Fr John Morris succeeded Fr Leetham and presided over the continuing expansion in numbers. A more liberated approach to the care of the Sixth Form – largely due to Fr Nann – and building of the hexagonal classroom blocks as well as the Sixth Form Union, took place. In 1948 twelve boys had joined the Rosminian noviciate, and the subsequent years to the end of the 1950s could well be described as the vintage years for vocations. In the early 1960s there was a religious community of almost thirty at the College. Since that time the staff has steadily expanded to include many loyal and devoted teachers – men and women – who have happily imbibed the Spirit of Ratcliffe.

As boys boarding became a less popular option, girl boarders were admitted to the Sixth Form under Fr Tony Baxter (1973-1982) at the end of the seventies. At the same time a limited number of day pupils were admitted. Shortly after, under the Presidency of Fr Bill Fearon (1982-1983), a small Junior Department, also for day boys, was added. Finally girls were accepted throughout the school, which was now fully co-educational. This occurred under the Presidency of Fr Lance Hurdidge (1983-1993). His idea of a Junior School for 11-13 year olds was expanded into the Newman, named after Cardinal John Henry Newman who had visited Ratcliffe in 1847. The most recent additions to Ratcliffe have been the Nursery School, opened in 1999 and the extension of the Junior Department both have proved to be most popular.

By the eighties with the shortage of religious vocations, it became clear that control would gradually be handed over to lay administration, a programme that reached its culmination when Fr Keith Tomlinson (1993-1996) retired as President. The first lay Headmaster was Mr. Tim Kilbride.

Ratcliffe has had its fair share of colourful characters. Science was introduced in the unfashionably early year of 1867. Brother Capella, an extraordinary man, besides making much of his equipment, was one of the first to make use of X-rays, which he did on an Egyptian mummy housed in the museum in the Old Library. Much later in the twentieth century, Brother Anthony Primavesi, after launching the Biology Department, introduced the Metalwork and Engineering classes. He invented an automatic clock and bell system, and built and installed the filtration plant for the outdoor swimming pool. Well known past pupils have included Clergy amongst whom are Bishops Burton, Ellis, and Restieux, also Fr Willie Doyle S.J. M.C. Many Old Ratcliffians have served, or are serving with distinction in the Medical profession and in the Armed Forces. Countless others have gone on to live successful and fulfilled lives. Rosmini famously commented that a school was worth twenty parishes in the benefit it could give to the Catholic Community.

Sport has been an intrinsic part of the life of Ratcliffe’s pupils, some sports have seen the passing of time, such as ice-skating and swimming and fishing in the Wreake, bandy, boxing and rowing. In the early 1920’s a swimming pool was built and remained in situ until 2001 when the pool was modernised and covered. Cricket, football and rugby have always been firm favourites and new sports such as hockey and netball have become part of the curriculum. The Square Mile, which began as the Half Mile Flat Race in may 1901, was run by boys from the College, on to the Sileby road, through the Long Wood by the A46 and up the front of the school. Today, it is run around the perimeter of the school and the winner is awarded the Jee Memorial Cup.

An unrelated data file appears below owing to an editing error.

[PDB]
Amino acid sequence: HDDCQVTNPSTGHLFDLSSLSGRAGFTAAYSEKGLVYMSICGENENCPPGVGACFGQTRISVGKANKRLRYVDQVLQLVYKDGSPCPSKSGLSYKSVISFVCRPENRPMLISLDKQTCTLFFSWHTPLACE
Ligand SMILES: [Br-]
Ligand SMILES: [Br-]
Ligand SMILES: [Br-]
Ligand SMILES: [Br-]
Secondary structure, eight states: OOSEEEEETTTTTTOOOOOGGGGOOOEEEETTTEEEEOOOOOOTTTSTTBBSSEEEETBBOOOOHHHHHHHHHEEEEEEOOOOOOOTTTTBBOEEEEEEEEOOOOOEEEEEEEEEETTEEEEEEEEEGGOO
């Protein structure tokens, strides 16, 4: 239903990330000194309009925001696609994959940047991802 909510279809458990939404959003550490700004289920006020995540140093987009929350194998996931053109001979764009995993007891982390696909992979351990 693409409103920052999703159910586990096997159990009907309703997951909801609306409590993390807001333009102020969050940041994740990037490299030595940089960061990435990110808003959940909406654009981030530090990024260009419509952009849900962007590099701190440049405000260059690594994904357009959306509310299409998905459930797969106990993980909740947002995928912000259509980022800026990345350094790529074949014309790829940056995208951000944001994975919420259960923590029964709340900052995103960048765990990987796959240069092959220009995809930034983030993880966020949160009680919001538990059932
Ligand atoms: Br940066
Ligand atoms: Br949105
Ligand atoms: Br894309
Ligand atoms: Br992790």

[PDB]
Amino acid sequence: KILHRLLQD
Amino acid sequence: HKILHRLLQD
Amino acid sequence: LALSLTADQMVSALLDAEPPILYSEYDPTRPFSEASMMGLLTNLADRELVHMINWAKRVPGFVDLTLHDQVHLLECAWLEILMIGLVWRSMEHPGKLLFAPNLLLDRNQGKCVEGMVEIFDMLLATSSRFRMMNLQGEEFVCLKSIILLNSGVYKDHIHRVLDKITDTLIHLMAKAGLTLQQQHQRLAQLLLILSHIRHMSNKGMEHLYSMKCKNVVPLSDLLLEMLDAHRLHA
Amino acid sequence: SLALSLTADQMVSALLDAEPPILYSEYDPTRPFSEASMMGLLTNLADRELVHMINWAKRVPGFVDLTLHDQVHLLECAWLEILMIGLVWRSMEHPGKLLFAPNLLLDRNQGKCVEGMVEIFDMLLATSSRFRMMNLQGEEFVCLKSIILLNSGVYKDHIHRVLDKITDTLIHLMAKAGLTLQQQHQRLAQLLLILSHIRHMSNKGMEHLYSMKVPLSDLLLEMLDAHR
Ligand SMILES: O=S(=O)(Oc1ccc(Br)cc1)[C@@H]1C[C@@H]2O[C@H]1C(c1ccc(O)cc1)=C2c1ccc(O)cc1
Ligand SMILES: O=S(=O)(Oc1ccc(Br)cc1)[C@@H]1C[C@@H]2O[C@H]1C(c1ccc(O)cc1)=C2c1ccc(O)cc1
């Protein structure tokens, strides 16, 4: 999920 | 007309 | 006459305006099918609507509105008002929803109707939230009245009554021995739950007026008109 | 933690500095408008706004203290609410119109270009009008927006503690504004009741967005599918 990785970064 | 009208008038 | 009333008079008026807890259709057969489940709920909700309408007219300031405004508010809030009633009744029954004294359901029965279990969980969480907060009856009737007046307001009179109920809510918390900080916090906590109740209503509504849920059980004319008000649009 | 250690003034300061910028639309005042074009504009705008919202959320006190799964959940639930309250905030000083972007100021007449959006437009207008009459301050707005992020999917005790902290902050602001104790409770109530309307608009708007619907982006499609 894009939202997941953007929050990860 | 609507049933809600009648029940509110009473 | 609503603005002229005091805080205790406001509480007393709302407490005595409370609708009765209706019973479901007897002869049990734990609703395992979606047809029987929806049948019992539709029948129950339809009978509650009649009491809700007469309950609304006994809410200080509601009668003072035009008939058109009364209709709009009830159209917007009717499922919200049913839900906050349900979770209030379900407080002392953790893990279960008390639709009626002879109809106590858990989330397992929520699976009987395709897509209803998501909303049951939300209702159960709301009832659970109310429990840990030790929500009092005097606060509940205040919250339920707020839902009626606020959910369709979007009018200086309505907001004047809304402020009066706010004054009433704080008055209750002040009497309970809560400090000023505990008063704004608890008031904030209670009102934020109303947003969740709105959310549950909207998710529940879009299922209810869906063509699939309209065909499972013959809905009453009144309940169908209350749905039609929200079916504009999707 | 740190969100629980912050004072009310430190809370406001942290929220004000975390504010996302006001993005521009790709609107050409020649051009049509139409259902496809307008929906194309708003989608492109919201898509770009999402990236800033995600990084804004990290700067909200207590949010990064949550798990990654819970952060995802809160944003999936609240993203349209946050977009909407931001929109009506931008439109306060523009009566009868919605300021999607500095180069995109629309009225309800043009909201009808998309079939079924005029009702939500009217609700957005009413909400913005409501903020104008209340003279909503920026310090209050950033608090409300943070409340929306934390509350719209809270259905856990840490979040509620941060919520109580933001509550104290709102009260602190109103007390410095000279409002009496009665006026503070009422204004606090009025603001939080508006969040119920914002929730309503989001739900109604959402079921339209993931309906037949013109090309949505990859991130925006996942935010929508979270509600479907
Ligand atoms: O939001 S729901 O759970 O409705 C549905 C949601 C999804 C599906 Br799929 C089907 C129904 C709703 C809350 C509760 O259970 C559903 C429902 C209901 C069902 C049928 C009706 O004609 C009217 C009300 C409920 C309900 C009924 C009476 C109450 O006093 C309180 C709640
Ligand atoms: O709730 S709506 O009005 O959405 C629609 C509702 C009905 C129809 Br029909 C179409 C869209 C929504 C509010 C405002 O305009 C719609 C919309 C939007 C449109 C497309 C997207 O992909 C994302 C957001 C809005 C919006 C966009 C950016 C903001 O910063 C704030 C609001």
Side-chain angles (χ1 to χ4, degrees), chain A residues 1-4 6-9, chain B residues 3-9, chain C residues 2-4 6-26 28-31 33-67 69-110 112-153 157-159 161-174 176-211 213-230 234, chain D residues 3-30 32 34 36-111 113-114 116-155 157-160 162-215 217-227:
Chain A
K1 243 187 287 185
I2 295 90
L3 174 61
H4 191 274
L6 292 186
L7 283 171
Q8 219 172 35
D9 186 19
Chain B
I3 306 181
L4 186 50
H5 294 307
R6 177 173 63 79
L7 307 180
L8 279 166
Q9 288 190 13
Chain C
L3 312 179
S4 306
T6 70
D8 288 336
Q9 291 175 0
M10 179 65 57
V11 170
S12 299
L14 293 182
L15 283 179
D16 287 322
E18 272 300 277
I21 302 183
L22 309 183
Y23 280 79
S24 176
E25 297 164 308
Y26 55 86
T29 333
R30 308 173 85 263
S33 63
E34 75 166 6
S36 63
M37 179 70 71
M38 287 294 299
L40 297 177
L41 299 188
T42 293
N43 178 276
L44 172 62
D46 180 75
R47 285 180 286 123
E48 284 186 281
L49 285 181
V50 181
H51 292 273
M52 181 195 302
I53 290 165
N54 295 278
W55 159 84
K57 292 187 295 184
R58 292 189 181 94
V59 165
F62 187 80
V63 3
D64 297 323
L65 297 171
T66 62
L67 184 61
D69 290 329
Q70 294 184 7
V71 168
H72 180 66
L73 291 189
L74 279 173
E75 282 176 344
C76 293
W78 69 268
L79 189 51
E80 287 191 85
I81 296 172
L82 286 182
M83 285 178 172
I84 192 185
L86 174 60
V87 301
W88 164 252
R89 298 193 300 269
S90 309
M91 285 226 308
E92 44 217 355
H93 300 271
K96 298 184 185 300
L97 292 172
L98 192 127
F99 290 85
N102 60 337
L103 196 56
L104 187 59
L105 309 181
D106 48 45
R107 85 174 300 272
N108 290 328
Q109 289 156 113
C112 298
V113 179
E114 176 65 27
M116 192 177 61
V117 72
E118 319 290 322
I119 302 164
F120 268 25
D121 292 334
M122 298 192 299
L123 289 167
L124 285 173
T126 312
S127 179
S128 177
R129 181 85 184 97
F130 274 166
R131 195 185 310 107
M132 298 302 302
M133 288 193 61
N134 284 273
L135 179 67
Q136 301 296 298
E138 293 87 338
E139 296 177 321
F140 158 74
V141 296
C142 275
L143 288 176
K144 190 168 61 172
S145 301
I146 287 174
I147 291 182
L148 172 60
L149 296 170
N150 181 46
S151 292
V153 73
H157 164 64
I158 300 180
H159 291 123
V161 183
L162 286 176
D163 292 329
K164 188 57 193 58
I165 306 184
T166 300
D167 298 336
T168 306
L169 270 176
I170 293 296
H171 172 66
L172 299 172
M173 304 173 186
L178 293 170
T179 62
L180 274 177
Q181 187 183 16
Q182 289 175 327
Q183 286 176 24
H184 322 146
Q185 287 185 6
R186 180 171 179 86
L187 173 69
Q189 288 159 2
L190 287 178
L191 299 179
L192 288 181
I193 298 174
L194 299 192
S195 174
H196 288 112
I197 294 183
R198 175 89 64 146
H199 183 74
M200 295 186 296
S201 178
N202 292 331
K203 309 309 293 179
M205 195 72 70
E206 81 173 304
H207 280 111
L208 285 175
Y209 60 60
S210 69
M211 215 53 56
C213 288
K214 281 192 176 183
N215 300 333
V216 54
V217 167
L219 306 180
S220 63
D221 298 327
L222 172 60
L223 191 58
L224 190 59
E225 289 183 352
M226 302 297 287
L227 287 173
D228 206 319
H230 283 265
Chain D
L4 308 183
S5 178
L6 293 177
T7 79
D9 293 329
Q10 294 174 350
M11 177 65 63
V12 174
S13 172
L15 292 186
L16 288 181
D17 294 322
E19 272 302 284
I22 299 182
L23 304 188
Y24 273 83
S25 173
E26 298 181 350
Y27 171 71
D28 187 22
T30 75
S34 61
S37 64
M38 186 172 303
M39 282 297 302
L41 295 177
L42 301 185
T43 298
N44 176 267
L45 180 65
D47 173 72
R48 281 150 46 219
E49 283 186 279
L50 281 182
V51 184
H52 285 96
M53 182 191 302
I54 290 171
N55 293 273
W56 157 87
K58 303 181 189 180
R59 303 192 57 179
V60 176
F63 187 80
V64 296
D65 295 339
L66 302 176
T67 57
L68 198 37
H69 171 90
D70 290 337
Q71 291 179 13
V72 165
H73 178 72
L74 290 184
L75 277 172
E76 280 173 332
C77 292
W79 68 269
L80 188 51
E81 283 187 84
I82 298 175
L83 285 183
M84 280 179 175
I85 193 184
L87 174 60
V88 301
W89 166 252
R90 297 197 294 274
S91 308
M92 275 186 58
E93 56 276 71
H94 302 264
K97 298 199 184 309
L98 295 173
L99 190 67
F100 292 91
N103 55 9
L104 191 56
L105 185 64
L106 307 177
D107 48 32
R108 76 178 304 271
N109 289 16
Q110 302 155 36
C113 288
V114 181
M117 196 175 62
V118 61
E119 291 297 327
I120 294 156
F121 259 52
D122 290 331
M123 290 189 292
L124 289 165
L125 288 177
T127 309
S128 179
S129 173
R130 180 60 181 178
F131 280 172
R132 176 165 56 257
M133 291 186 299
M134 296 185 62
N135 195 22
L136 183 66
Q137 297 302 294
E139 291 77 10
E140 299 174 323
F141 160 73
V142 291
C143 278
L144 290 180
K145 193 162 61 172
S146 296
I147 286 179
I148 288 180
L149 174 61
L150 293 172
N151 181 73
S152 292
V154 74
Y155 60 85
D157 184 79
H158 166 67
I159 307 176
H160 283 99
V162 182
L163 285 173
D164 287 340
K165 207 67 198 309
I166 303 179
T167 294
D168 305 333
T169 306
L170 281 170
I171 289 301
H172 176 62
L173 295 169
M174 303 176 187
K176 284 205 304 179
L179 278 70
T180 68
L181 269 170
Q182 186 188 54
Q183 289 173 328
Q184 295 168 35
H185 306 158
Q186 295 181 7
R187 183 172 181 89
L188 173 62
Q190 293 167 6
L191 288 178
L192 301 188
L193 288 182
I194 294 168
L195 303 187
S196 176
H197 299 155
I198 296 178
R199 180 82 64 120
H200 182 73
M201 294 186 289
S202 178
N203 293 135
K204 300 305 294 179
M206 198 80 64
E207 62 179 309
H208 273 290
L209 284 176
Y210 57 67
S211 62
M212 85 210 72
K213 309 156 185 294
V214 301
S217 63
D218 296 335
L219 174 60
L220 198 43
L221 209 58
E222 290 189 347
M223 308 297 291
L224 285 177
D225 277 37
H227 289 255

In the early 1900’s boys were divided into two teams; North and South, in later years as the number of boys increased, they were divided in to Lockhart (after a founding Father), Arundell, and de Lisle (after benefactors). In later years, Leetham replaced Lockhart and Emery added to make up the four teams that remain the same today.

The debating society, music and theatre productions all have recognition in the earliest recorded days of Ratcliffe’s life.

Nowadays, Ratcliffe has over 600 pupils, caters for a very wide range of students, from children aged three in the Nursery to young adults of eighteen in the Sixth Form. Buildings have been adapted and new ones constructed. The School is run on a self-financing basis, as opposed to the many years when capital projects depended to a large extent upon the resources of the Order. The Ratcliffian Association, financed, amongst other things, the building of the Cricket Pavilion, much of the new Chapel, the Sports Hall, the All Weather Pitch and the covering of the Swimming Pool has done much to help the school. The Association, which is for Past Pupils, is deemed to be one of the strongest in the country and continues to be active in support of its members and of the school. The traditional annual cricket match between the college and past pupils has been played since the origin of the Association in 1865.

At the heart of Ratcliffe College remains the Chapel and the desire to produce pupils who have achieved their potential in the context of a clear realisation of their place in God’s creation.

The history of the school has been recorded in ‘The Ratcliffian’ magazine since 1880 and Ratcliffe is proud of the wealth of archive material it conserves. In 1950, Fr C R Leetham published the history of Ratcliffe from 1847-1947.  There are limited copies of this book avaialbe from the Ratcliffian Association.